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Hi Jim -

Congratulations on the repair! We love to hear customer success stories. The blower draw test is good to do in the near future to ensure that the blower will not damage the wiring again if it is in fact over drawing. If it is within specifications, the connection that caused the burnt wiring plug was faulty for some time. Enjoy your Lincoln Jim.

Erik, George and Bill

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Hi Bill,

Managed to do a blower draw test, at last, on Friday. Yippee, within tolerance, at 22 amps on high blower speed. So all is now well. I know you guys would appreciate knowing the results. Seems it was the corroded terminal in the resistor module causing the trouble.

Take care,

Jim

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Hi Jim -

Excellent results on that test Jim. Case now closed, time too enjoy that nice Lincoln.

Sincerely,

Bill

April 4, 2016

1963 Continental Transmission Shifting Questions & Follow Up

Hi Bill,

When I accelerate the transmission changes up through the gears correctly and smoothly, if I'm in third and take my foot off the accelerator then press down on it slowly the trans will always change down a gear no matter whether I'm doing 30mph or 60mph. I've adjusted the kickdown and manual linkages as per the maintenance manual but still no joy. I have also checked the vacuum unit for leaks and it seems fine. Any ideas?

Thanks a lot -

Aaron

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Greetings Aaron -

After reading your issue and what you have checked so far, there is one important item that we can think of. The transmission kickdown linkage and calibrated spring must perform as designed. There is a very important spring near the carburetor at the linkage that governs the downshift kickdown linkage. I say governs because that spring is calibrated to a special rate in order to allow the bellcrank to activate the transmission kickdown linkage only during specific throttle movements. A drawing of the linkage and spring is shown in your service manual. Could an incorrect spring be installed on your car? Did the transmission previously perform o/k? If the problem suddenly began without the spring being changed, there could of course be an internal transmission issue. Let us know what you find.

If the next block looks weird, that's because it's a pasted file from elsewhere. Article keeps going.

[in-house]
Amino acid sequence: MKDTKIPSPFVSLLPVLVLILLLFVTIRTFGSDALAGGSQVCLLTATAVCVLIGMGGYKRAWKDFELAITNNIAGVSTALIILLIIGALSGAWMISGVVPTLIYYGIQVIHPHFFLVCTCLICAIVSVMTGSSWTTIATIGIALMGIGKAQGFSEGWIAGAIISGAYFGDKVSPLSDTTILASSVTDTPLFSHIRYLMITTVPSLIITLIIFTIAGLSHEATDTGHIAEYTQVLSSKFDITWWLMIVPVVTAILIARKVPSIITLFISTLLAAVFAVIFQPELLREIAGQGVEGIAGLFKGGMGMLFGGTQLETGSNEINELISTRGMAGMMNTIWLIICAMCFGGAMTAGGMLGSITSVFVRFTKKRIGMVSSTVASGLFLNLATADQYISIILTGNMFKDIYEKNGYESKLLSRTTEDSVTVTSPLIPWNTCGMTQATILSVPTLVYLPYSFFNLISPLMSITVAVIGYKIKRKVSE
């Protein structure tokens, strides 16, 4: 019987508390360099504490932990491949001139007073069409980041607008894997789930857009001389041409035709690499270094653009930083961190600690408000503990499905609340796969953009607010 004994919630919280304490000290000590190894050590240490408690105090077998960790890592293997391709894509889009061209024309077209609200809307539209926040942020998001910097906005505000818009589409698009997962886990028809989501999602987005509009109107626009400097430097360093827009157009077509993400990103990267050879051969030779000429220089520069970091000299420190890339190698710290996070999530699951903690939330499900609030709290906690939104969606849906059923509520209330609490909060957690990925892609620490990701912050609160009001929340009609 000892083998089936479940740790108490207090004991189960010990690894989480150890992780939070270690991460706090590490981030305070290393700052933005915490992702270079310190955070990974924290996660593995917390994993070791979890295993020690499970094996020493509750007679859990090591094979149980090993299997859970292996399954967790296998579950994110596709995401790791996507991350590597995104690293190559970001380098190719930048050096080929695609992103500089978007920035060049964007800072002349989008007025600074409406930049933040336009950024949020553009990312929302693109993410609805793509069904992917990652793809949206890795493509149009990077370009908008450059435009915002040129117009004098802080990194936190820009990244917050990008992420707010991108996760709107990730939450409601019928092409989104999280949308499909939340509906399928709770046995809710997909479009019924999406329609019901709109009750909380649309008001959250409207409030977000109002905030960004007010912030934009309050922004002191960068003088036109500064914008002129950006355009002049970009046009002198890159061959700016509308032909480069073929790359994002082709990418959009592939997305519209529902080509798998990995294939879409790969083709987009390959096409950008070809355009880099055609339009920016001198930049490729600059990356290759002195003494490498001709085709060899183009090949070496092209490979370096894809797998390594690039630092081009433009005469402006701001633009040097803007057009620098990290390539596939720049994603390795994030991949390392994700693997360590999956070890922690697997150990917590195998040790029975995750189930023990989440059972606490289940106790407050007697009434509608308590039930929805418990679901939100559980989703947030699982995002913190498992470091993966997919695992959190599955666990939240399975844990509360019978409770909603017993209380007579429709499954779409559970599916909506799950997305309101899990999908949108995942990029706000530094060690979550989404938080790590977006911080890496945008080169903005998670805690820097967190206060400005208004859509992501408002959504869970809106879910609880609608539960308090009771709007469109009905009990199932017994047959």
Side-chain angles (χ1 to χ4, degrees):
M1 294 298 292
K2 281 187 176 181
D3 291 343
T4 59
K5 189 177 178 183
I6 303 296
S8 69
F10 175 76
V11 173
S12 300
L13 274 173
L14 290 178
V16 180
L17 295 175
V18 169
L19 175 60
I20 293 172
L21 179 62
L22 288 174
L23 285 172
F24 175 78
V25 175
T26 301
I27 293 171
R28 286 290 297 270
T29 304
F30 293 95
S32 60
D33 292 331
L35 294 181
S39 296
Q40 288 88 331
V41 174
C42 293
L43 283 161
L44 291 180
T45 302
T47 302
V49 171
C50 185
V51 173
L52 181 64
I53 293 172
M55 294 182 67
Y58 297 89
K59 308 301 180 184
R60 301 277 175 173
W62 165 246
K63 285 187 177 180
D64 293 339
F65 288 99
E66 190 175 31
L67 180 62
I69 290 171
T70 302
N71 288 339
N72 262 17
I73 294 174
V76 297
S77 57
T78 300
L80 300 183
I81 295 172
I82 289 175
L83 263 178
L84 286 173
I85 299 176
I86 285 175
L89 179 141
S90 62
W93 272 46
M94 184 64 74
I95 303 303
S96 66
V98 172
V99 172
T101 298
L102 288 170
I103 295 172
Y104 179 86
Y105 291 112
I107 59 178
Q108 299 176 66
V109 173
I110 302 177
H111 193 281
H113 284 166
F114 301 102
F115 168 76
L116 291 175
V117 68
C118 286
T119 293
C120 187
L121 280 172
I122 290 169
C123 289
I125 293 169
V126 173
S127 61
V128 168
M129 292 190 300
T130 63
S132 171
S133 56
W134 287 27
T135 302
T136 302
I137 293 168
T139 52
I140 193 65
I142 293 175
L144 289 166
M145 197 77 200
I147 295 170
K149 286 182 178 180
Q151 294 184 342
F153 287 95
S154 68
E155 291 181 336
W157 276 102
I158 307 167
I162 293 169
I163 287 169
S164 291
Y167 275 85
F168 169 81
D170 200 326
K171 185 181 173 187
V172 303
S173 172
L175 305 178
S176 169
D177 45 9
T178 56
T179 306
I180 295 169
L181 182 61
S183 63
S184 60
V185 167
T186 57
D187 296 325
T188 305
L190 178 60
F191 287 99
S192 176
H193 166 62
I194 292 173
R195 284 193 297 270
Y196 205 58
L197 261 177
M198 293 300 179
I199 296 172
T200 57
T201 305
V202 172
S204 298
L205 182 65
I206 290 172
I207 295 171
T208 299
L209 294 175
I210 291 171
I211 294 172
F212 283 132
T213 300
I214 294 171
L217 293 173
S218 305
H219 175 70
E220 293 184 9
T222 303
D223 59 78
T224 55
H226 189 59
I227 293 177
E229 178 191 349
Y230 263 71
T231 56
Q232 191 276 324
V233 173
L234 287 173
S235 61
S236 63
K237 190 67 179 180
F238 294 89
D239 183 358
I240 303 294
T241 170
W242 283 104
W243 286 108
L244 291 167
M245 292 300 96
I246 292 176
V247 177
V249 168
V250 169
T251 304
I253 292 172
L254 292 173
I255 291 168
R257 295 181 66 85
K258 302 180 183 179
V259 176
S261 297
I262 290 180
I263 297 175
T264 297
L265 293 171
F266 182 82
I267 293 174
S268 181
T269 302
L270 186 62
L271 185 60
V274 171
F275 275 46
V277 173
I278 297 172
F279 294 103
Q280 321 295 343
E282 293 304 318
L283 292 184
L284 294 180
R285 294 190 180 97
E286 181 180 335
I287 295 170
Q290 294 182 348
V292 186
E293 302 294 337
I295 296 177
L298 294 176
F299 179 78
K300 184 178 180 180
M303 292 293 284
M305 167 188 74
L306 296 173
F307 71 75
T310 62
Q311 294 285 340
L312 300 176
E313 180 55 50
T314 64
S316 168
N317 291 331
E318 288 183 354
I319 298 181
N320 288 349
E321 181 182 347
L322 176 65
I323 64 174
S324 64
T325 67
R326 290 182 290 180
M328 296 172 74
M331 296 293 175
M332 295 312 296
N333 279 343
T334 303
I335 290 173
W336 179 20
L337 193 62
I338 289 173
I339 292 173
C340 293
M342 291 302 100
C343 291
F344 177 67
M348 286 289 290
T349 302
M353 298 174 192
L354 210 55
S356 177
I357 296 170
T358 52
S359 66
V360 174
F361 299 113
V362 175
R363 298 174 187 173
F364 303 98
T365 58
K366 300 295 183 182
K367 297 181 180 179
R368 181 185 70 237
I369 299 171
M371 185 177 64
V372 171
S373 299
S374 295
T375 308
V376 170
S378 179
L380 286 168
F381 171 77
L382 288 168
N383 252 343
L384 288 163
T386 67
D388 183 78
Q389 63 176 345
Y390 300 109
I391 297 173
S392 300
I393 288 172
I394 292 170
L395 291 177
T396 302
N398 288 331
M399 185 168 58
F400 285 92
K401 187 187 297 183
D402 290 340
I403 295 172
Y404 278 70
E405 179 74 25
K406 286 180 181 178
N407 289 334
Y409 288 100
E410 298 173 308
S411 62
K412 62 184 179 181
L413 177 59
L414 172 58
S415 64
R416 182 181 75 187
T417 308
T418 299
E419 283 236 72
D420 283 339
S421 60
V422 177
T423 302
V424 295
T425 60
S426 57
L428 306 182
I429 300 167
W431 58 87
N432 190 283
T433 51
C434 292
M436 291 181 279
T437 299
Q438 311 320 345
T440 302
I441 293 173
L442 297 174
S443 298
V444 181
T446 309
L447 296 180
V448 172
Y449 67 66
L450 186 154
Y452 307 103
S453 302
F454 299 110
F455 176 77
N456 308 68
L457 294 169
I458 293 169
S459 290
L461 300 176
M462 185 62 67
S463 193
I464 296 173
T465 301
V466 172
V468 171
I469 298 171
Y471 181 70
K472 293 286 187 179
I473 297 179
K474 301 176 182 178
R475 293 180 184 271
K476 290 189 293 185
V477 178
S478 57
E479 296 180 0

Sincerely,

Bill

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Hi Bill,

The transmission was operating correctly with the original springs that you spoke about. The problem just started out of the blue. I bought new springs from you guys hoping that would fix the issue but unfortunately it didn't. Because a lot of things are vacuum operated on this car does that mean if even one hose is off, even if its not transmission related, that will effect the trans operation?

Thanks

Aaron

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Hi Aaron -

A small vacuum leak from another component will not noticeably affect the vacuum to and the operation of the transmission modulator valve. Vacuum to that valve can be tested with a vacuum gauge tee'd into the vacuum line that routes down to the inlet port of the valve. You should also check that uninterrupted vacuum is actually available all the way down to that port. It couldn't hurt to remove the valve to inspect for internal fluid leaks and that the actuator pin is present and intact. A bench check of the valve for movement with vacuum could also be done. Since you have been changing springs and adjusting the linkages I am assuming that they are correct and adjusted properly as you have stated. A good test to find out if the kickdown linkage is maladjusted or causing a problem is to disconnect the rod at the bellcrank temporarily and tie it away from other parts to a nearby bracket on the engine. It must be tied in the no kickdown throttle off position. The transmission will then receive no instruction from the linkage to downshift. Road test the car to find out if the issue still exists. If the problem goes away, the linkage and spring adjustments etc. need to be revisited. If the transmission was fine prior to this downshift issue and no adjustments or modifications to anything that could affect the shifting was performed then you may need to have a technician at a transmission shop familiar with this type of transmission road test the vehicle in order to evaluate the situation.

Sincerely,

Bill